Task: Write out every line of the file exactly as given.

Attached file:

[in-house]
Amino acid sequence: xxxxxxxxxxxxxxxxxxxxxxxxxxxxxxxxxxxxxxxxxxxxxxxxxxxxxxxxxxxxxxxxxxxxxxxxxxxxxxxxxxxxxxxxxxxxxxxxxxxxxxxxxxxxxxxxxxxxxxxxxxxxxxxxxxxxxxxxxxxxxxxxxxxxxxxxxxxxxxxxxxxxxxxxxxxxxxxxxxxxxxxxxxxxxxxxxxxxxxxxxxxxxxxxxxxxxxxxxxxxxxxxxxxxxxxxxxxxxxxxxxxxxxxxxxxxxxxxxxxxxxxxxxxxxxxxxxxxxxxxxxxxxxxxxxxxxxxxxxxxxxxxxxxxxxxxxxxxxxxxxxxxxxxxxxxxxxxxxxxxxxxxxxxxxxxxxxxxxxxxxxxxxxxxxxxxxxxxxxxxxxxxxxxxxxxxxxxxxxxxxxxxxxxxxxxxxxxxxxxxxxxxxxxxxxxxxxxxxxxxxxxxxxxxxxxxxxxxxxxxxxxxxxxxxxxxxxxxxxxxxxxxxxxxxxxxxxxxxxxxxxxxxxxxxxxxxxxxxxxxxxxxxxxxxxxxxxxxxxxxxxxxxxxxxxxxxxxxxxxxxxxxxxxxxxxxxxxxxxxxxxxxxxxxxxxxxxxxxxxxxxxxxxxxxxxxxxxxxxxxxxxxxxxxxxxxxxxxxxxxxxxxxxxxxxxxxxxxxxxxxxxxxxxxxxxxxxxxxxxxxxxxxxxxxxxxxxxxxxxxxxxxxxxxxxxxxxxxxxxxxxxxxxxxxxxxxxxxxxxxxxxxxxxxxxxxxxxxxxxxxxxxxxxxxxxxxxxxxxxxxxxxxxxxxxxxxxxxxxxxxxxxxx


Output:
[in-house]
Amino acid sequence: xxxxxxxxxxxxxxxxxxxxxxxxxxxxxxxxxxxxxxxxxxxxxxxxxxxxxxxxxxxxxxxxxxxxxxxxxxxxxxxxxxxxxxxxxxxxxxxxxxxxxxxxxxxxxxxxxxxxxxxxxxxxxxxxxxxxxxxxxxxxxxxxxxxxxxxxxxxxxxxxxxxxxxxxxxxxxxxxxxxxxxxxxxxxxxxxxxxxxxxxxxxxxxxxxxxxxxxxxxxxxxxxxxxxxxxxxxxxxxxxxxxxxxxxxxxxxxxxxxxxxxxxxxxxxxxxxxxxxxxxxxxxxxxxxxxxxxxxxxxxxxxxxxxxxxxxxxxxxxxxxxxxxxxxxxxxxxxxxxxxxxxxxxxxxxxxxxxxxxxxxxxxxxxxxxxxxxxxxxxxxxxxxxxxxxxxxxxxxxxxxxxxxxxxxxxxxxxxxxxxxxxxxxxxxxxxxxxxxxxxxxxxxxxxxxxxxxxxxxxxxxxxxxxxxxxxxxxxxxxxxxxxxxxxxxxxxxxxxxxxxxxxxxxxxxxxxxxxxxxxxxxxxxxxxxxxxxxxxxxxxxxxxxxxxxxxxxxxxxxxxxxxxxxxxxxxxxxxxxxxxxxxxxxxxxxxxxxxxxxxxxxxxxxxxxxxxxxxxxxxxxxxxxxxxxxxxxxxxxxxxxxxxxxxxxxxxxxxxxxxxxxxxxxxxxxxxxxxxxxxxxxxxxxxxxxxxxxxxxxxxxxxxxxxxxxxxxxxxxxxxxxxxxxxxxxxxxxxxxxxxxxxxxxxxxxxxxxxxxxxxxxxxxxxxxxxxxxxxxxxxxxxxxxxxxxxxxxxxxxxxxxxxx